Gottlieb Says There’s “No Indication” That Omicron Causes More Serious Disease


Washington – dr. Scott Gottlieb, the former Food and Drug Administration commissioner, said Sunday there is no indication that the Omicron variant of the coronavirus causes a more serious disease, even if it seems more transmissible than previous virus strains.

“There is no evidence that it causes a more serious illness. What we have seen in South Africa in particular is a disconnect between the cases and hospitalizations,” Gottlieb said on Face the Nation on Sunday.

In South Africa, where the variant was first discovered, hospital admissions are down 30% from cases and 80% from previous waves, Gottlieb said. He said higher levels of immunity, either from vaccinations or previous infections, may be why “it manifests as a less severe disease.”

“Probably about 80% of Americans and 90% of South Africans have some degree of immunity, either from a previous infection or from vaccination,” he said.

According to the Centers of Disease Control and Prevention (CDC), 43 states in the US have reported at least one case of the Omicron variant.

Gottlieb said Americans are experiencing COVID fatigue and tired of living diminished lives due to the virus. He predicted that Omicron “will make its way through the population, probably very soon, if you look at what’s happened in South Africa and even what’s happening in the UK right now, where it’s moving very quickly. Four to six weeks ahead of us, like most of the population.”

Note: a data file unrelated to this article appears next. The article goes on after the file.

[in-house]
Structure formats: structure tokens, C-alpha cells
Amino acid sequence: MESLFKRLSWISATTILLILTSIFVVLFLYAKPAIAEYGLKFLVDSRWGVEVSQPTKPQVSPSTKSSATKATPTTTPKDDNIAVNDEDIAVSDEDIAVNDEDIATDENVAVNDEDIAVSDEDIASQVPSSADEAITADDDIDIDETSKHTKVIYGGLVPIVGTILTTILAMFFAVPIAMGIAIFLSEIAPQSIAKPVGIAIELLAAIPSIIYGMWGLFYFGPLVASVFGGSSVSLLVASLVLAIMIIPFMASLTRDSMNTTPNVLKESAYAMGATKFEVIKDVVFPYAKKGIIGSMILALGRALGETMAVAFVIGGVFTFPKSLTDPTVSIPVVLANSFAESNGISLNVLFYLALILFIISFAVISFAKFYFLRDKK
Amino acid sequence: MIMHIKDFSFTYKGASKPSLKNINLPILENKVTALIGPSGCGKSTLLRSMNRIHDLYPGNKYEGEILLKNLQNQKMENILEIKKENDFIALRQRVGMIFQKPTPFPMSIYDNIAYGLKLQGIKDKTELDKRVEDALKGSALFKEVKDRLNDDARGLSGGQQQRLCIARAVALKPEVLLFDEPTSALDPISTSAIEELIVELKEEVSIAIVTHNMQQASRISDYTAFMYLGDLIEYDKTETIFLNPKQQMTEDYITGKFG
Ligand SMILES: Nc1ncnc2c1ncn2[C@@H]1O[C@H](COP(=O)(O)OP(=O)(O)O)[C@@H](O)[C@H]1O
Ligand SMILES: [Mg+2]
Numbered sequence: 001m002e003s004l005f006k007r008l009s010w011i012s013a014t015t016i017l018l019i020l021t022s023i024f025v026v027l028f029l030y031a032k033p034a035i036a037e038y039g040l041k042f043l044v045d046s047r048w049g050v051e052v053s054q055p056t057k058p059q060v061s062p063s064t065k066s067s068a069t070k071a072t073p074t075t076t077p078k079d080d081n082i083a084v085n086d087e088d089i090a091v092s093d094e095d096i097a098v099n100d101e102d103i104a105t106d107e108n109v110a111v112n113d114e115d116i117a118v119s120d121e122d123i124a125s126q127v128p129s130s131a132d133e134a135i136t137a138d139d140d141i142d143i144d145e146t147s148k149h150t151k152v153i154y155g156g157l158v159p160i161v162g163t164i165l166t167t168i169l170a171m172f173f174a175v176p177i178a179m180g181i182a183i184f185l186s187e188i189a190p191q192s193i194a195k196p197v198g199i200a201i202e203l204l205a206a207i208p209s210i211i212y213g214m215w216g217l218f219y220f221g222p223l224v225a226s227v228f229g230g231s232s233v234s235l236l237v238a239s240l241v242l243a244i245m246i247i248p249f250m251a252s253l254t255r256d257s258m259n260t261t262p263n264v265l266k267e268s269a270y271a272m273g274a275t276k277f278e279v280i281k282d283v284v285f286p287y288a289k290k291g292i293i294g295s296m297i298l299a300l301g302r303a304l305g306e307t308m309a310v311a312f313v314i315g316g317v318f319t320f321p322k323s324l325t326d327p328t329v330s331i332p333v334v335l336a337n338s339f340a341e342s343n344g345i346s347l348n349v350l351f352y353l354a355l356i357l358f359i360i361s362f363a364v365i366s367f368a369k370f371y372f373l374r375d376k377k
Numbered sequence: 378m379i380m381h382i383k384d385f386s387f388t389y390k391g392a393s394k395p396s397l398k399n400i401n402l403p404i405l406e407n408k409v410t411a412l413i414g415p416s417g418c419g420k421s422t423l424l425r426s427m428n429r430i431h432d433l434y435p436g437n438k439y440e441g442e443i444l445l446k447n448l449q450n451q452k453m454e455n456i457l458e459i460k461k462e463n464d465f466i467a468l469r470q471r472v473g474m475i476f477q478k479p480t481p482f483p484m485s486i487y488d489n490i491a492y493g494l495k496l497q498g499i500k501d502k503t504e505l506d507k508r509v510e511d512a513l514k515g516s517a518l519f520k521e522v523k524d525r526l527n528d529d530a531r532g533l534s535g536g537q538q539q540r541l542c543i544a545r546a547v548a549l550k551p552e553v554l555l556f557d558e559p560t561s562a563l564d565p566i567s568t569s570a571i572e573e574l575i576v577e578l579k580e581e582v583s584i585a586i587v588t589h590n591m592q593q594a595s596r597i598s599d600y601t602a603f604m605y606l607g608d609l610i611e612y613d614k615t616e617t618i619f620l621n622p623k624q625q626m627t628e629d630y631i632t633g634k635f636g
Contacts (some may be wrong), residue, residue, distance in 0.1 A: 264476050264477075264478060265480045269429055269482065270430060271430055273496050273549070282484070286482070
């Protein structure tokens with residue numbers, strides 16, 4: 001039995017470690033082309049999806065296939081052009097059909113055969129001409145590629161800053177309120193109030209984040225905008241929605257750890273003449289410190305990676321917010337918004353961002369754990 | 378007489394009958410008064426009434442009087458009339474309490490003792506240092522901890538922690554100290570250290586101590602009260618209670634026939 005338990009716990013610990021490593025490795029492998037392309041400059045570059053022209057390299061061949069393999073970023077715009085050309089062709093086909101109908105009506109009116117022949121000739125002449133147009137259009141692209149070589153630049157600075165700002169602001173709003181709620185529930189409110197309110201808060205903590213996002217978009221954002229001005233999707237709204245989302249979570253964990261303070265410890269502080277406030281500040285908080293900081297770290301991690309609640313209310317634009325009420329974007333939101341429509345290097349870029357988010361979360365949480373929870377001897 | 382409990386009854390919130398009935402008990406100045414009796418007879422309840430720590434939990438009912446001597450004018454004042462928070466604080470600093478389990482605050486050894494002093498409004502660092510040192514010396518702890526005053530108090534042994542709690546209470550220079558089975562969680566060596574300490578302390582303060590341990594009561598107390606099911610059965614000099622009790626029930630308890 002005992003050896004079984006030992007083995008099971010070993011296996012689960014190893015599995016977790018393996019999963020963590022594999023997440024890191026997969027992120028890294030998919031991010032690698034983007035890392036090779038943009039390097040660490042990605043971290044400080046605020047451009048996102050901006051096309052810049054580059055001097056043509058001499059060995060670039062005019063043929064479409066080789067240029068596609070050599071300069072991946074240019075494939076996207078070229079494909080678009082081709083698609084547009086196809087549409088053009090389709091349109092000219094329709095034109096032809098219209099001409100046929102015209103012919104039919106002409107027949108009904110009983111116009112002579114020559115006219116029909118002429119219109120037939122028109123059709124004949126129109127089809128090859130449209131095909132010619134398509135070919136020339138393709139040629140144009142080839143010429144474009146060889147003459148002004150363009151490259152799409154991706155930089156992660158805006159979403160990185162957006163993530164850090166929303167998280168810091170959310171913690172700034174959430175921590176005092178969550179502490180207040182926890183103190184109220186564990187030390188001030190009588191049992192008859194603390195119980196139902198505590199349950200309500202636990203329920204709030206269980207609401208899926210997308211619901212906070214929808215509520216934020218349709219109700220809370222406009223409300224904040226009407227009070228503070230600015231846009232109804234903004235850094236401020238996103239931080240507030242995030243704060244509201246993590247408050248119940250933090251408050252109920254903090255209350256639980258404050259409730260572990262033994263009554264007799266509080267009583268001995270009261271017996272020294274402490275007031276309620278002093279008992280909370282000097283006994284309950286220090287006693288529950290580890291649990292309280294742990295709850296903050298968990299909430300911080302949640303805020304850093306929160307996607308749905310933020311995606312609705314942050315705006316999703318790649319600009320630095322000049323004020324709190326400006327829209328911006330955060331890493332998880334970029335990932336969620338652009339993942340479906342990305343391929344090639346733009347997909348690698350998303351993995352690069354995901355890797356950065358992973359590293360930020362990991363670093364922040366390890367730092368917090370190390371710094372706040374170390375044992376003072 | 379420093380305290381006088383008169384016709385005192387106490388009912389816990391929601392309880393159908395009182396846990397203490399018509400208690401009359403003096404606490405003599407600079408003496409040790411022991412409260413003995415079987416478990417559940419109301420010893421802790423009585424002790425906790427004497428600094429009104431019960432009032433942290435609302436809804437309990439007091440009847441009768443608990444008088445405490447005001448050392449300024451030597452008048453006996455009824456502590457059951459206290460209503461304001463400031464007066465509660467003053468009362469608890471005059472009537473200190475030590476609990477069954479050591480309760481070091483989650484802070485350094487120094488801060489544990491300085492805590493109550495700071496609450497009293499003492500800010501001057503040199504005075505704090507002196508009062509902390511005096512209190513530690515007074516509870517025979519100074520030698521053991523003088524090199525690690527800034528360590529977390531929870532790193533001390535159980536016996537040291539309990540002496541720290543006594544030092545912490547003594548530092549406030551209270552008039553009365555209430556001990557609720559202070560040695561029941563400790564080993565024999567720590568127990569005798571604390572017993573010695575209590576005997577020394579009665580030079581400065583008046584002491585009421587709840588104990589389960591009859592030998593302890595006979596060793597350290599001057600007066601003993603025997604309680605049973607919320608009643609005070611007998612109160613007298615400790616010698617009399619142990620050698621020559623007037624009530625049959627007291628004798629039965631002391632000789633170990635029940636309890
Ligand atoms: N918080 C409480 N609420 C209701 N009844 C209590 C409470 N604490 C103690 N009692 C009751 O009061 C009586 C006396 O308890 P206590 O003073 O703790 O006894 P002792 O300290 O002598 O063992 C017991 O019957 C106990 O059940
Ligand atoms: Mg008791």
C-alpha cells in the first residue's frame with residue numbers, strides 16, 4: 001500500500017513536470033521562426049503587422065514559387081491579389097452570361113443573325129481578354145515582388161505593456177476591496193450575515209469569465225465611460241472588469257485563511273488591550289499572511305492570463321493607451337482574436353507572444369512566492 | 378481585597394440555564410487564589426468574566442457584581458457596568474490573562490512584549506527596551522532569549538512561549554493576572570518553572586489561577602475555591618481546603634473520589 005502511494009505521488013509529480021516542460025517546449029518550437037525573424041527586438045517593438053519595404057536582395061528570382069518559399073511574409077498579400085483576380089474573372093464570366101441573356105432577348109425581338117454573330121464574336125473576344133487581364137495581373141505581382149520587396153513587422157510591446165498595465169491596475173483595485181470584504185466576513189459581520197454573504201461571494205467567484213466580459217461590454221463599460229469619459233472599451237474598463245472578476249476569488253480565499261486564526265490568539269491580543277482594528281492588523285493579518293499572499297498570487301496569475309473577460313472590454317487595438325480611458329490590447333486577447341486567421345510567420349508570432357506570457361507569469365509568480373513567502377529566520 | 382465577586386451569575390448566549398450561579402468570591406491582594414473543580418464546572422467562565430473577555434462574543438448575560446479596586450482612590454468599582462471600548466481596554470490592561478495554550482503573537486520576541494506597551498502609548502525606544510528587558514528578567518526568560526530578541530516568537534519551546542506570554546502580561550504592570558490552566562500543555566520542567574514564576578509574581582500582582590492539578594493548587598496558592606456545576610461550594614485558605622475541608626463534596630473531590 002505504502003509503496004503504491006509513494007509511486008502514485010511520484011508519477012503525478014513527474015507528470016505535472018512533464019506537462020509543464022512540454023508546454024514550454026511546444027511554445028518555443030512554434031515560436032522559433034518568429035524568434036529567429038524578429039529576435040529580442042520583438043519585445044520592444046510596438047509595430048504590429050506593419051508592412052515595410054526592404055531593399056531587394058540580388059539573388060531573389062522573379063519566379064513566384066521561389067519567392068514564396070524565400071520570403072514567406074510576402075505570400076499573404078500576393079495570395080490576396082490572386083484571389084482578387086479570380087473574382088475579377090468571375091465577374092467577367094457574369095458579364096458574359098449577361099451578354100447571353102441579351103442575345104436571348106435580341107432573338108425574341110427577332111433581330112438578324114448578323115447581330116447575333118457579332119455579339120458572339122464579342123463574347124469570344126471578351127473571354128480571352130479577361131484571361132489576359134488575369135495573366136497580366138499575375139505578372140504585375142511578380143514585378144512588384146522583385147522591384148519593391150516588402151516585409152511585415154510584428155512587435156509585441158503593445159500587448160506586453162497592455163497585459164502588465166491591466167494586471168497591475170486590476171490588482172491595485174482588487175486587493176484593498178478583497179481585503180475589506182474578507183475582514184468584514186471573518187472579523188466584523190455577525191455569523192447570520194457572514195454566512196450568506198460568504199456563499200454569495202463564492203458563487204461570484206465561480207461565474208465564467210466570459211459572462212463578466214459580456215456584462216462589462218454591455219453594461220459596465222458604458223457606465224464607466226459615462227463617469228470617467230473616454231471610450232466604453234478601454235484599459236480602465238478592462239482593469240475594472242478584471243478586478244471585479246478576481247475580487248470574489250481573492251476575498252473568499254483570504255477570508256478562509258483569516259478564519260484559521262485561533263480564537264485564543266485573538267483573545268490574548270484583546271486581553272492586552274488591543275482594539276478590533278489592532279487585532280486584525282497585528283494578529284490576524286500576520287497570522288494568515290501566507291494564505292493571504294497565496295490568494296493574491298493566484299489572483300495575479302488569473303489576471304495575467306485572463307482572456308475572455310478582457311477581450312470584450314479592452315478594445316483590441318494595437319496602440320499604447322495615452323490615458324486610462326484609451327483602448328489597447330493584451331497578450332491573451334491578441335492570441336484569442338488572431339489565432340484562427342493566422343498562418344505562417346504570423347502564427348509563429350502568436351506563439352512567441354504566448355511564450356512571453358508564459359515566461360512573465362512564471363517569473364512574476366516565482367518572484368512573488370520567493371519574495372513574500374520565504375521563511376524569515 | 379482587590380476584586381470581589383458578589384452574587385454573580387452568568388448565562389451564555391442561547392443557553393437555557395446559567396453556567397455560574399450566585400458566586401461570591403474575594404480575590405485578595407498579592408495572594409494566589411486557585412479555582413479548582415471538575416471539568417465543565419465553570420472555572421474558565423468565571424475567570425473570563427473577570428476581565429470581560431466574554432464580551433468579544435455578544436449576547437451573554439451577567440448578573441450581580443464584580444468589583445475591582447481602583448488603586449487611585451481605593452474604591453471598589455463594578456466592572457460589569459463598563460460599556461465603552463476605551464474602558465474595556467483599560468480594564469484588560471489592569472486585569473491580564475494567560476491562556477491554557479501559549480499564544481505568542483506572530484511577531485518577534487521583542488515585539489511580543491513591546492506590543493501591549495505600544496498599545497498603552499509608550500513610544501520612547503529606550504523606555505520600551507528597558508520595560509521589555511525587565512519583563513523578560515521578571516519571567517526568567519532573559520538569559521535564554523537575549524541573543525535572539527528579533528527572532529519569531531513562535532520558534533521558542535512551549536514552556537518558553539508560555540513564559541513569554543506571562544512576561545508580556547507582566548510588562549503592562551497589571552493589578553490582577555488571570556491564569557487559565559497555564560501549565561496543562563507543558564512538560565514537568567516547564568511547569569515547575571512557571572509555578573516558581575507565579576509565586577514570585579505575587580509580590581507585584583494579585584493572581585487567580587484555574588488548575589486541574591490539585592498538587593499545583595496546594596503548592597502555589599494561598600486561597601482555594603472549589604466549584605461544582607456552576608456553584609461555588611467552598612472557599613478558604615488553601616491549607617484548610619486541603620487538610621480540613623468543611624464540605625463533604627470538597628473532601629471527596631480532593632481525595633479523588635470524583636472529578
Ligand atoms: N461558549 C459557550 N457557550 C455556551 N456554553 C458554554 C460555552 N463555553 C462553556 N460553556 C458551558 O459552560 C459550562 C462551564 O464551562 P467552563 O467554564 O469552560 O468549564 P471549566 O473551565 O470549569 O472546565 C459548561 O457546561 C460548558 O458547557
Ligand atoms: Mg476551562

He noted that it would be wise for vulnerable individuals to take extra precautions during the holidays, including testing, mitigation measures and vaccinations.

dr. Francis Collins, the outgoing director of the National Institutes of Health, emphasized the importance of vaccinations and booster shots to protect against the Omicron variant.

“What do we know about Omicron? We know it’s very contagious,” Collins told “Face the Nation.” “You saw what happened initially in South Africa, then in Europe and now in the US. It’s about doubling every two to four days, and we’re going to see the number of cases rise quite a lot over the next few days. weeks.”



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